Supreme Court Strikes Federal Defense of Marriage Act

On Wednesday, June 26, in U.S. v. Windsor, the U.S. Supreme Court struck down section 3 of the federal Defense of Marriage Act (DOMA), which defines marriage for purposes of federal law as the union of one man and one woman. The court ruled that this provision of DOMA denies same-sex couples, who have been granted marriage licenses by their state, equal protection of law under the due process clause of Fifth Amendment to the U.S. Constitution.

The ruling means that Edith Windsor, who paid taxes on her life partner’s estate at the time of her death because federal law did not recognize her as the surviving spouse in a legally recognized same-sex marriage, will now be paid back those taxes with interest.

In the companion Perry case, the court ruled that the supporters of California’s Prop 8 did not have legal standing to challenge a lower court ruling striking down Prop 8, which defined marriage for purposes of California law as the union of one man and one woman. The upshot of that decision is that California will most likely begin recognizing same-sex marriages in the near future.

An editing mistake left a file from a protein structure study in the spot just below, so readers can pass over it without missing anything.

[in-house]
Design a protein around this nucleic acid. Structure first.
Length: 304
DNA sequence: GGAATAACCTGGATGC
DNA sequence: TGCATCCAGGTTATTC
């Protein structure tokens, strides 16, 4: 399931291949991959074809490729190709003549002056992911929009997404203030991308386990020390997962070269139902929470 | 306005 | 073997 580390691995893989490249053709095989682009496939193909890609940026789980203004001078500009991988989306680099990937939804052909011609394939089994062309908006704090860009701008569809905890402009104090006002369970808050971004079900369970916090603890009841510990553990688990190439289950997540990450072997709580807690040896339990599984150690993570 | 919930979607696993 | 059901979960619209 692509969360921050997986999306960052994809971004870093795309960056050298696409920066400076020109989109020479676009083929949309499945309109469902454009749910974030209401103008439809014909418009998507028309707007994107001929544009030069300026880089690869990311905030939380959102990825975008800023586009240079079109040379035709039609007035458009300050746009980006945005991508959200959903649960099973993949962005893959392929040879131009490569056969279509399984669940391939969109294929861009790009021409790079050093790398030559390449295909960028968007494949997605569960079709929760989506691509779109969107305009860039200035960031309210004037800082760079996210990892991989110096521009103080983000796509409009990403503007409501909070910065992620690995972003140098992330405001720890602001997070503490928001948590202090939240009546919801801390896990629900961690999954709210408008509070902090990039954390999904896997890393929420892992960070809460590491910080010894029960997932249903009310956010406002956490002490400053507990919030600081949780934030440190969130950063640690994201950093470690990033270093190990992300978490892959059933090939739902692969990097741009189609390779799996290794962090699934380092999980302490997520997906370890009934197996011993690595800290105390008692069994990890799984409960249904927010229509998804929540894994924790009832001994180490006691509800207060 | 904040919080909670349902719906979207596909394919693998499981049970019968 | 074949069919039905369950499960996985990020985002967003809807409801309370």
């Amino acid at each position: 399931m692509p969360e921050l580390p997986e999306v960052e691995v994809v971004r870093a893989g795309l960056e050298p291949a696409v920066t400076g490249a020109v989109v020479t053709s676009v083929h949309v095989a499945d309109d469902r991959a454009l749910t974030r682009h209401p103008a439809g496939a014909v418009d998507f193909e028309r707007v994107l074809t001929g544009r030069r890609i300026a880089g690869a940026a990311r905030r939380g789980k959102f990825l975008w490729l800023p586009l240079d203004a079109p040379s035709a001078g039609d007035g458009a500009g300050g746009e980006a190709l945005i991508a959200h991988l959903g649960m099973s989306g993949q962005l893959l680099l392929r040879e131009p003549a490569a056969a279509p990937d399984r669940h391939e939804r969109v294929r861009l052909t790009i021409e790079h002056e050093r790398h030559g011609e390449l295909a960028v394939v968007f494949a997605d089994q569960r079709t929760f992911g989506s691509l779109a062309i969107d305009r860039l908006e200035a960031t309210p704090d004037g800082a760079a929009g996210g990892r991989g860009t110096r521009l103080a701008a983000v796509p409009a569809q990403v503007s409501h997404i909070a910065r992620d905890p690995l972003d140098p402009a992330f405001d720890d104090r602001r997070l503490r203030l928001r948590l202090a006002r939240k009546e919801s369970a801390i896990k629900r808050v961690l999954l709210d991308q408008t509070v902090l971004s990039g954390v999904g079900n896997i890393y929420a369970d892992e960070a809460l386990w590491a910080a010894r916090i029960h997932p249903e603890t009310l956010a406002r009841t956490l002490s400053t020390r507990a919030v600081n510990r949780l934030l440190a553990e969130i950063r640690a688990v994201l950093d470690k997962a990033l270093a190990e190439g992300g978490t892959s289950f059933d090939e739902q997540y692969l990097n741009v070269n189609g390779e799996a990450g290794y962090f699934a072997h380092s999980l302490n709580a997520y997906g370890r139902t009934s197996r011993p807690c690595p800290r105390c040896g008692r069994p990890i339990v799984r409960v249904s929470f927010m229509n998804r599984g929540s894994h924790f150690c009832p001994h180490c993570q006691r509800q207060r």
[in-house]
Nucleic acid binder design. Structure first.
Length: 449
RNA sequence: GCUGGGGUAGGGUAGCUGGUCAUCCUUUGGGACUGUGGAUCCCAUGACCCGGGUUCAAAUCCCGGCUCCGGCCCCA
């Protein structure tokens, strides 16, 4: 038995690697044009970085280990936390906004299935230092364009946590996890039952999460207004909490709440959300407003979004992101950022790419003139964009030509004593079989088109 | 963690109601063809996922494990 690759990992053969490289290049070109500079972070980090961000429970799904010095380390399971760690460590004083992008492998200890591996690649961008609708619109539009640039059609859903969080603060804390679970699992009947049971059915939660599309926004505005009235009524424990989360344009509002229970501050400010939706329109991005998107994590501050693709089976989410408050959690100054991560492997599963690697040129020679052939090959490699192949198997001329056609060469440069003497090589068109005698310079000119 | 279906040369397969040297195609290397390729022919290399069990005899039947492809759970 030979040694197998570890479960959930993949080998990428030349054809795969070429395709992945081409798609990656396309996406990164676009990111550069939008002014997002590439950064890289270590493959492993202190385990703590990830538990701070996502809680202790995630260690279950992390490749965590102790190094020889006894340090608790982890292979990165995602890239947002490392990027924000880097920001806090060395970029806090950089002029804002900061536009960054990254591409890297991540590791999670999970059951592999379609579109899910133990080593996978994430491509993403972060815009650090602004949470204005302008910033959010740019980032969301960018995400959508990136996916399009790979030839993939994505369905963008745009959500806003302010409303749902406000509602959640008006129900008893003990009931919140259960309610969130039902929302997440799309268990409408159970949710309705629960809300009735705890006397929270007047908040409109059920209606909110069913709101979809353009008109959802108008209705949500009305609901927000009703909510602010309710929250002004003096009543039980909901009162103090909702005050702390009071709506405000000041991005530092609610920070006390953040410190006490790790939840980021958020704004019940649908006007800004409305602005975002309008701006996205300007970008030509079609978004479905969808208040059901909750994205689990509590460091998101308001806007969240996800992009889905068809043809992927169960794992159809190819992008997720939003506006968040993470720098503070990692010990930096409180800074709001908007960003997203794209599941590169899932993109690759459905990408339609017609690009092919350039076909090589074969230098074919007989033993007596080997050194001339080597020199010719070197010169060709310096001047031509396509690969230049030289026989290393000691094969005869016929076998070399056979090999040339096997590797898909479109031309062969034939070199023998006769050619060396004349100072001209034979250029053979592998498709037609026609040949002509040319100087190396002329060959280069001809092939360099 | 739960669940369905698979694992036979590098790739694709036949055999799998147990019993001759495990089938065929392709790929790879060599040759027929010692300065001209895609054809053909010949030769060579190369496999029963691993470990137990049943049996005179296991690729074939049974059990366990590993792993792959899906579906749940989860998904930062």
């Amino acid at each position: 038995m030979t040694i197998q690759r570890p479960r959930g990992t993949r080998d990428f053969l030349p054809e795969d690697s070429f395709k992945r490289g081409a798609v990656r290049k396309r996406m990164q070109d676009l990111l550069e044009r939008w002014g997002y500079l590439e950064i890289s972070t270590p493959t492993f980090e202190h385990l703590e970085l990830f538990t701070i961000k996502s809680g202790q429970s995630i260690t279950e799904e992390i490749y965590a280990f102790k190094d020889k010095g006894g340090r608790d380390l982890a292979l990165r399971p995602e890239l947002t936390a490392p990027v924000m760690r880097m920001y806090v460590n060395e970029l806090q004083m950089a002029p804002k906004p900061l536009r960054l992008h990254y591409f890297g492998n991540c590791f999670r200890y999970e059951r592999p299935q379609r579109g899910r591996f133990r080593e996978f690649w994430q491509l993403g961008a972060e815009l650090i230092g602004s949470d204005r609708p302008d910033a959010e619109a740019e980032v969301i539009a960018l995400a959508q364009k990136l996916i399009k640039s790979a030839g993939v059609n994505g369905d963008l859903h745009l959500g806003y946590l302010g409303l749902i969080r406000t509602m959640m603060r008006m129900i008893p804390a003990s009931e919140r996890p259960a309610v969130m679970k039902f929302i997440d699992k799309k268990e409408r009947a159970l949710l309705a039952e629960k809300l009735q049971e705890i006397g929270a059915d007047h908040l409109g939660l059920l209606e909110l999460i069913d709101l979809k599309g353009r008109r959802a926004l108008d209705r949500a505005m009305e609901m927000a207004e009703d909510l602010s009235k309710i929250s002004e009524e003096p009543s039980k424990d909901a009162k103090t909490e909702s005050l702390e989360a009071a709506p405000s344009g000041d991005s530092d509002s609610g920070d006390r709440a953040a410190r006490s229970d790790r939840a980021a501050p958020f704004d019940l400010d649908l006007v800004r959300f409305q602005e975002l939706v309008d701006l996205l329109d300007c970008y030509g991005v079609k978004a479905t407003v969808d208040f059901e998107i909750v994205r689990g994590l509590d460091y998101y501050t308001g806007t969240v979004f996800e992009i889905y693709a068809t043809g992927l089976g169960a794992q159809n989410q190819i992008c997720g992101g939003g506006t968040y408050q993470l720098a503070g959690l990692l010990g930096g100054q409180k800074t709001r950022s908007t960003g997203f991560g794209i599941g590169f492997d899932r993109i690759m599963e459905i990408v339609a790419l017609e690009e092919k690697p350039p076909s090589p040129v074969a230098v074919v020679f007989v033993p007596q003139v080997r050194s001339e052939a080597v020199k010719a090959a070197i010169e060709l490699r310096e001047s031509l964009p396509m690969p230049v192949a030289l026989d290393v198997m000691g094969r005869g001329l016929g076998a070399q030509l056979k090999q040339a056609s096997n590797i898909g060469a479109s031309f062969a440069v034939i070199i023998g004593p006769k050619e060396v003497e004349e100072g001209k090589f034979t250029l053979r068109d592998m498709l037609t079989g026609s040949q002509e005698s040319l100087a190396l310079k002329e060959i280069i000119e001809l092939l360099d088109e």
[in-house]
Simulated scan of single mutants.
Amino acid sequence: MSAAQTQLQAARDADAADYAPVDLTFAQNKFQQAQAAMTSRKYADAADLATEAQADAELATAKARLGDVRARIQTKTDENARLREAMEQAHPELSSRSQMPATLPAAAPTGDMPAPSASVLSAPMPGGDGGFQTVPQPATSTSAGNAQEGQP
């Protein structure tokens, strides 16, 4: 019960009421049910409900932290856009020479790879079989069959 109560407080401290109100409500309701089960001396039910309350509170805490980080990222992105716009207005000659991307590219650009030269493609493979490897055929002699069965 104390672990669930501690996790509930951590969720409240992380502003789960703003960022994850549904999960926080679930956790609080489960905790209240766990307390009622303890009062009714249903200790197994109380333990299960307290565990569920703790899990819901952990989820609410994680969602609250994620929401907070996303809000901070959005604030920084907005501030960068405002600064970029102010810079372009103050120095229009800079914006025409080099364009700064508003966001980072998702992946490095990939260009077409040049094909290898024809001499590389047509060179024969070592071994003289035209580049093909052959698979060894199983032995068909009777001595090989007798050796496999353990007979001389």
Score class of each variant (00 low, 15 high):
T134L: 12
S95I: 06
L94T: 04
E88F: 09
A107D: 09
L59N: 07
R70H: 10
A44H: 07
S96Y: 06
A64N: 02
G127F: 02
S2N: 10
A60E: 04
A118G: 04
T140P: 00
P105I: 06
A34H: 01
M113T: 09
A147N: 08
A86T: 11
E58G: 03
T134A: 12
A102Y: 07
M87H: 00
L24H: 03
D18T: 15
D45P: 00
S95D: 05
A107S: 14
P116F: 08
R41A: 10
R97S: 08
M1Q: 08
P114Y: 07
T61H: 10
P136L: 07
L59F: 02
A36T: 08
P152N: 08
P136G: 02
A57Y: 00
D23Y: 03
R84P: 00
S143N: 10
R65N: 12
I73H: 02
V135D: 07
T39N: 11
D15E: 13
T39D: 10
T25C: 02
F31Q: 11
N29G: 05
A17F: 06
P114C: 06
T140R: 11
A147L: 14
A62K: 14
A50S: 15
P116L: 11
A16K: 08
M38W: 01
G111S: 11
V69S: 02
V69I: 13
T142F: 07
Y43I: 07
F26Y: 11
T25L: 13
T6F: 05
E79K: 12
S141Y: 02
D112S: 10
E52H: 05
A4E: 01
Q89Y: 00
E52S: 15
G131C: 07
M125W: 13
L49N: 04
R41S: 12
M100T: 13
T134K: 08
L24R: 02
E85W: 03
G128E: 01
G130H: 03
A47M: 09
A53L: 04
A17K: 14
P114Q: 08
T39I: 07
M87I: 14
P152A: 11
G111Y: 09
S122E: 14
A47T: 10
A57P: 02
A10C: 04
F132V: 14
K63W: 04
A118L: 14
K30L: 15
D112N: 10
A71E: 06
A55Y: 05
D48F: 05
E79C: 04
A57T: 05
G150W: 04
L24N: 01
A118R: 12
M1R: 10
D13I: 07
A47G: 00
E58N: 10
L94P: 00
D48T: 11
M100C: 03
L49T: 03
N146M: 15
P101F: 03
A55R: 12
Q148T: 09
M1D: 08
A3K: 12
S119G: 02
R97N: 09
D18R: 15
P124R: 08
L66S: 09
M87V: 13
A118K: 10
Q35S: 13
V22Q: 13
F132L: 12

Cardinal Timothy Dolan, President of the United States Conference of Catholic Bishops (USCCB), lamented the decisions in a statement, calling Wednesday a “tragic day for marriage and our nation.”  The Archdiocese of St. Louis also issued a statement, proclaiming that regardless of how the court or legislatures define marriage, the reality is that marriage is and forever will be the union of one man and one woman for life.

The Supreme Court went out of its way in the Windsor case to confine it’s ruling on DOMA to those “lawful marriages” already recognized by the states. In addition, the Court did not rule that there is a constitutional right to same-sex marriage, as many marriage redefinition advocates had hoped. Thus, Missouri’s Constitutional Amendment defining marriage as the union of one man and one woman is still good law …for now.

In light of Windsor, however, state constitutional marriage amendments like Missouri’s will face increasing scrutiny and probable legal challenges in the months and years to come.

Missouri passed its marriage amendment in 2004 by over a 70% majority. The MCC will continue to defend Missouri’s constitutional amendment on marriage.

May the Church forever proclaim the truth about what marriage is and why it is vital for the well being of men, women, children, and society as a whole!


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